Low Impact Development in L.A.

Today, the Los Angeles City Council voted to move forward with an important ordinance on low impact development (LID). The proposed ordinance will now be reviewed by the City Attorney before a final vote likely to be held in early spring of 2011. Heal the Bay and other members of the Green Los Angeles Coalition have been advocating for the Ordinance’s passage for nearly two years.

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About the Ordinance

The City of LA has been considering a low impact development ordinance for nearly two years. Specifically, this regulation will make LID a key part of new and re-development throughout the city.  It exempts any project that deals with less than 500 square feet of impermeable surface, and larger developments or remodels must propose anything from installing a drainspout redirect, which would channel the water from gutters off of driveways and into a garden, to more elaborate tools to help rainwater and urban runoff filter into the ground.

What is LID?

Low impact development refers to building in a way that captures a majority of rainwater and runoff on site, mostly by creating permeable surfaces like gardens and green space but also by diverting rainspouts and using permeable asphalt and other paving surfaces.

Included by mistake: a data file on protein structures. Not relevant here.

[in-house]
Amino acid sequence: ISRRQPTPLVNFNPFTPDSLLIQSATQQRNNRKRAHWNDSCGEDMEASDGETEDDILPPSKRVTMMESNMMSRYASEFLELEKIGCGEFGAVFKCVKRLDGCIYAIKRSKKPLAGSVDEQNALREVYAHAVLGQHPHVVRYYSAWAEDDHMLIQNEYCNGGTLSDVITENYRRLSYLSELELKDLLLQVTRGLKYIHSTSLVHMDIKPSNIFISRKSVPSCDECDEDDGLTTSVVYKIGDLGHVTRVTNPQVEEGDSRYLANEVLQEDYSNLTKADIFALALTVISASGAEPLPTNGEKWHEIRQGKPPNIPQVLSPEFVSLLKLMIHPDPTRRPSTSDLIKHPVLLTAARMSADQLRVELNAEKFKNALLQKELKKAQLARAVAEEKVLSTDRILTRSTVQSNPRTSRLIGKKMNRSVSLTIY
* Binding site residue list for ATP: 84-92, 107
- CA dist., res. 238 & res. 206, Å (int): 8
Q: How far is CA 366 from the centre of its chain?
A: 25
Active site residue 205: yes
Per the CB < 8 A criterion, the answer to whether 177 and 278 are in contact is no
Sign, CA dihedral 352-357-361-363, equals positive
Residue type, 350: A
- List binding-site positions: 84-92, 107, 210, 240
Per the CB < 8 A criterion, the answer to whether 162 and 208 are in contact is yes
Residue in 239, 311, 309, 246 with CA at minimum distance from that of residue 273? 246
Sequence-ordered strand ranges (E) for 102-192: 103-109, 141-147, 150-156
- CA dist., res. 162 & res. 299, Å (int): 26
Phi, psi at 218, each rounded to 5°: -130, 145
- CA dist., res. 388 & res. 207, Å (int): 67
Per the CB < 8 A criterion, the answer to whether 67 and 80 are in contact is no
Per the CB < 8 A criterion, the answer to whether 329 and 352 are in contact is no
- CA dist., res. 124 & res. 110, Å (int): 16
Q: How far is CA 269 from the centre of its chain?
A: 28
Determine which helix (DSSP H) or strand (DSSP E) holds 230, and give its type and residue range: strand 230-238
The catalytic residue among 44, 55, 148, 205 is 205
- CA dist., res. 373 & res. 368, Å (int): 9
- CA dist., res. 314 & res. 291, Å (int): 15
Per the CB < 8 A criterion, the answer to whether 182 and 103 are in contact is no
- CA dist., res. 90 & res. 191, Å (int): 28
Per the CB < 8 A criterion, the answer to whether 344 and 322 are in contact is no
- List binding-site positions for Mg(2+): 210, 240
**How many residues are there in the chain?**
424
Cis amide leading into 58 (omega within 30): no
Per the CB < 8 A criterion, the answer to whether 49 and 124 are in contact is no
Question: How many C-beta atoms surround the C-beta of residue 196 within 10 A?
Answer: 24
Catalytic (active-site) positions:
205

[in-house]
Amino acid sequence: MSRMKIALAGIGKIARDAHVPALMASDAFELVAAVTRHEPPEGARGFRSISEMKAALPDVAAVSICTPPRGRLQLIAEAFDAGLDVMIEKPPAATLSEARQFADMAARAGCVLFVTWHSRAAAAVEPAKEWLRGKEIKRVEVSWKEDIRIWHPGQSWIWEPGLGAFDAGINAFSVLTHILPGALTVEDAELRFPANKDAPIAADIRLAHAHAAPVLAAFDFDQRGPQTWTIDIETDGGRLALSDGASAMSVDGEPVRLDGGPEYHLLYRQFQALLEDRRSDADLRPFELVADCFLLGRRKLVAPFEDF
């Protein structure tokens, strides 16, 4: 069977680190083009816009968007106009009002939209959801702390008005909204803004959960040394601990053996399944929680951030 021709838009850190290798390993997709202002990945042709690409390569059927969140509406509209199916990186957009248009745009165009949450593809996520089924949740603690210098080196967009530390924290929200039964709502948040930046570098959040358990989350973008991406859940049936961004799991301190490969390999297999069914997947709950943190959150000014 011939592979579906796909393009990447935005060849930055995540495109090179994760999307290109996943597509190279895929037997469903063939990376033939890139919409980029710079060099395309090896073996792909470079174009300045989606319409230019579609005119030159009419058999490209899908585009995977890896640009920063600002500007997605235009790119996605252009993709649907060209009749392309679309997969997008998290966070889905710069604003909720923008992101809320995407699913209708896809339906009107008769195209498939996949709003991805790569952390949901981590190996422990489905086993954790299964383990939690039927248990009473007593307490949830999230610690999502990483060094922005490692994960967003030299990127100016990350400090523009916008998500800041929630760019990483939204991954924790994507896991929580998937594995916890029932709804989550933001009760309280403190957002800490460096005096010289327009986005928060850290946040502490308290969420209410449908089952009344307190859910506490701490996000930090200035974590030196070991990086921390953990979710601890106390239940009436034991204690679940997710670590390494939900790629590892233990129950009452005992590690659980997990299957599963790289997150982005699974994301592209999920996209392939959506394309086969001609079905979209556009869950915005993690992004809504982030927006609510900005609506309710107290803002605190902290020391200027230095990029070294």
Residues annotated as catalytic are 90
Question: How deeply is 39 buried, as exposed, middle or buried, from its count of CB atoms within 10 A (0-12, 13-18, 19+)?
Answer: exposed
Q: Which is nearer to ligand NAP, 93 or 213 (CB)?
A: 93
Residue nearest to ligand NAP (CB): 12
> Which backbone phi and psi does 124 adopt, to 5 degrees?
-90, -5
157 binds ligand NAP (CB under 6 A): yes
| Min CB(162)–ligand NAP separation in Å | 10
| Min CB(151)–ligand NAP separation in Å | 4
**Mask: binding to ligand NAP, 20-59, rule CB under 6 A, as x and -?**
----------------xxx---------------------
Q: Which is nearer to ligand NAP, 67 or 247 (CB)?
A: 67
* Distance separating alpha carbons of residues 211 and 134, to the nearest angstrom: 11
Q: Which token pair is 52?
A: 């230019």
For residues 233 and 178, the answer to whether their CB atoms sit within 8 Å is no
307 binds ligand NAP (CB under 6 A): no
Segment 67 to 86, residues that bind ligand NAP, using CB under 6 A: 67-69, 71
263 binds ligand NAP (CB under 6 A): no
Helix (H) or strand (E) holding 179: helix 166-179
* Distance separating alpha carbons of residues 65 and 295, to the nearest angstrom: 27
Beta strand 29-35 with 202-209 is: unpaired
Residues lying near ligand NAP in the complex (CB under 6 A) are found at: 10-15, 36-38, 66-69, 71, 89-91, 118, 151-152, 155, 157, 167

Why is LID Important?

When water flows down city streets, it picks up chemicals, trash and bacteria, and carries those pollutants into the stormdrain system, where they are carried directly out to our rivers, creeks and beaches. When water instead is diverted to a permeable surface, like a garden, that water percolates through the ground, where it is naturally filtered and cleaned, and ultimately ends up recharging our natural groundwater supplies.

Because Southern California imports so much of our water, it is critical that we conserve and reuse as much water as possible. LID captures water that would otherwise be wasted and returns it to our water table. In addition LID saves local governments money in complying with Clean Water Act regulations.